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Old 08-10-2010, 21:16   #1
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Vegan Provisioning

Any other cruisers out there live on a Vegan diet? I am hoping to start some long term cruising someday soon and am just starting to realize how much I am gong to have to change what I eat. I am used to subsiding almost totally on food stuffs that go bad in a matter of days.

The thing I am having the most trouble planning for is iron intake. As it stands, most of mine comes from fresh green leafy vegetables; pretty much out of the question in the middle of the pacific. Everything else I think I could get from a combination of canned/dehydrated goods, but I am at a loss as to how to make said food taste good...

I am messing around with a aeroponic system for growing fresh food which could be set up in a small space bellow decks and fed by a solar collector topside. The amount of produce that such a system could provide would be a bit limited however and would serve as more of a temporary break in monotony.

I guess what I am asking is, does anyone have any good recipes for all vegetable (or fruit) dishes that work well in a cruising environment.

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Old 08-10-2010, 21:29   #2
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Use quinoa ("keenwah") in place of rice or couscous: Quinoa - Wikipedia, the free encyclopedia

It's cheap, insanely healthy, and tastes great.

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Old 08-10-2010, 22:09   #3
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well i'm planning to be the first snow cone vendor in antarctica, stop by sometime
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Old 08-10-2010, 23:24   #4
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Just how long are you planning to be out in the middle of the Pacific? The longest crossing out there is only 3-4 weeks for most cruisers. Many green things will last half that. Green beans. All the cabbage friends. Potatoes, carrots, apples and onions of all kinds. After a couple of weeks you'll have to switch to cans or dried foods...or just are unlikely get malnourished in just two weeks. Iron depletion in the body is more like a month-long timescale, no? Scurvy (C) can hit in a couple of weeks, I understand.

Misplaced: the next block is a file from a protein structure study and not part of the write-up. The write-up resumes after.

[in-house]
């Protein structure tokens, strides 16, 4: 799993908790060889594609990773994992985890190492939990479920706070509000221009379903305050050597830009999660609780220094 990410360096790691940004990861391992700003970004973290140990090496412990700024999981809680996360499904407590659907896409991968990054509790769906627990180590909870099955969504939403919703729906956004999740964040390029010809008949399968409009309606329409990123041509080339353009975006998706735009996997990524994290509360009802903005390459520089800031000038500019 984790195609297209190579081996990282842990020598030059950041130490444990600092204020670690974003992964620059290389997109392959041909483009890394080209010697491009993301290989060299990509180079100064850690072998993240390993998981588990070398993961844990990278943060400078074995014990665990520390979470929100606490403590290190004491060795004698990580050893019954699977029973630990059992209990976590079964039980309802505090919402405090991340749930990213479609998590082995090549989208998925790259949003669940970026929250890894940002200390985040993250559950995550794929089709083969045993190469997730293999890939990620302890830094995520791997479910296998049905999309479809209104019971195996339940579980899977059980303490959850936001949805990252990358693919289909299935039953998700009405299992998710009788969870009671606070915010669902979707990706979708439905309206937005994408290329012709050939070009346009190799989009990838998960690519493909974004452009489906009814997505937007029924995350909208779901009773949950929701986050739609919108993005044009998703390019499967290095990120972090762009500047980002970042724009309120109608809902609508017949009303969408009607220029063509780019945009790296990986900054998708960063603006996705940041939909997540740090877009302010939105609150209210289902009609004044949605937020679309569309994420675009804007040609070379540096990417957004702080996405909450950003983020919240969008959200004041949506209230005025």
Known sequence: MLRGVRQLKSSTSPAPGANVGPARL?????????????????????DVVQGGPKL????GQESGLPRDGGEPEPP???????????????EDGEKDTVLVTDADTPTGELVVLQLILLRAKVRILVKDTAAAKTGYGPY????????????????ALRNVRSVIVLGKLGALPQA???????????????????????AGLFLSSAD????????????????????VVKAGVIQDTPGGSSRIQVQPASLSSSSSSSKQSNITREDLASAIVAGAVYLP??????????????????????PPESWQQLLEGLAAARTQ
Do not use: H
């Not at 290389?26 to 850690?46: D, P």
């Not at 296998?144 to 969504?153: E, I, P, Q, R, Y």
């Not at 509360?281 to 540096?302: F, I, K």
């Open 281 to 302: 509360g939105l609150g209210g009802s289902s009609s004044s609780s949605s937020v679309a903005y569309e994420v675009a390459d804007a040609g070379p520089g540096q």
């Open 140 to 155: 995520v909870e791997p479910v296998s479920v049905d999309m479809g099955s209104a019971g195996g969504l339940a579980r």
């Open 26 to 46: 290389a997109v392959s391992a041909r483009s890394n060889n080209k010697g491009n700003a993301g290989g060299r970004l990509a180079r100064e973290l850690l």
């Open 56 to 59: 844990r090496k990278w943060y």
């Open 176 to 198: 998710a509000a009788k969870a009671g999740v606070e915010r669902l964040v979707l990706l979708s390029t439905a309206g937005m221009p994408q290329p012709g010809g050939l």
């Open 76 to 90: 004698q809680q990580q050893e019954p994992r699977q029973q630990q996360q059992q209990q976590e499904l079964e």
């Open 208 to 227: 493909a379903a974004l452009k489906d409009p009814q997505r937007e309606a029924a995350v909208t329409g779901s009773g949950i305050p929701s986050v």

Change your route to make shorter legs?

When you arrive, the natives will have food.

If you land here in Malaysia you will be amazed at the fresh farmers markets in every town. The most perfect fresh produce you could want, every day, for pennies. Some of it not identifiable, however.
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Old 09-10-2010, 03:05   #5
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daddle is right. Not too often that you won't be in reach reach of fresh produce of some kind.

I'm also vegan-ish, and we grow sprouts. There is a big variety of seeds to sprout, they take no space at all, keep forever, and with a couple of jars and a bit of water you'll never run out of fresh healthy greens.

If you can get your hands on a copy of Neumeyer's book, Sailing the Farm, do so, but there are heaps of books on growing sprouts.

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Old 09-10-2010, 03:22   #6
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Most of the bean family is iron rich as are dried dates and fig. Blackstrap mollasses should keep well and if you are overly concerned you could take an iron supplement.
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Old 09-10-2010, 04:11   #7
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Sprouts are a great idea. Sprouts on top of canned boredom would be a real treat. I'll ask the gals at the market, the one selling sprouts here in Malaysia, to bring me the seeds. Same as I do with the baker. Buy some bread, but get real flour at the same time. It's not on display....but you know it is there....

Growing actual plants on a moving boat is a problem.. I suppose it can be done. But the sea gods are against it. I see it often at anchor...after the crossings. Especially hard to find things, like fresh basil.
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Old 09-10-2010, 07:42   #8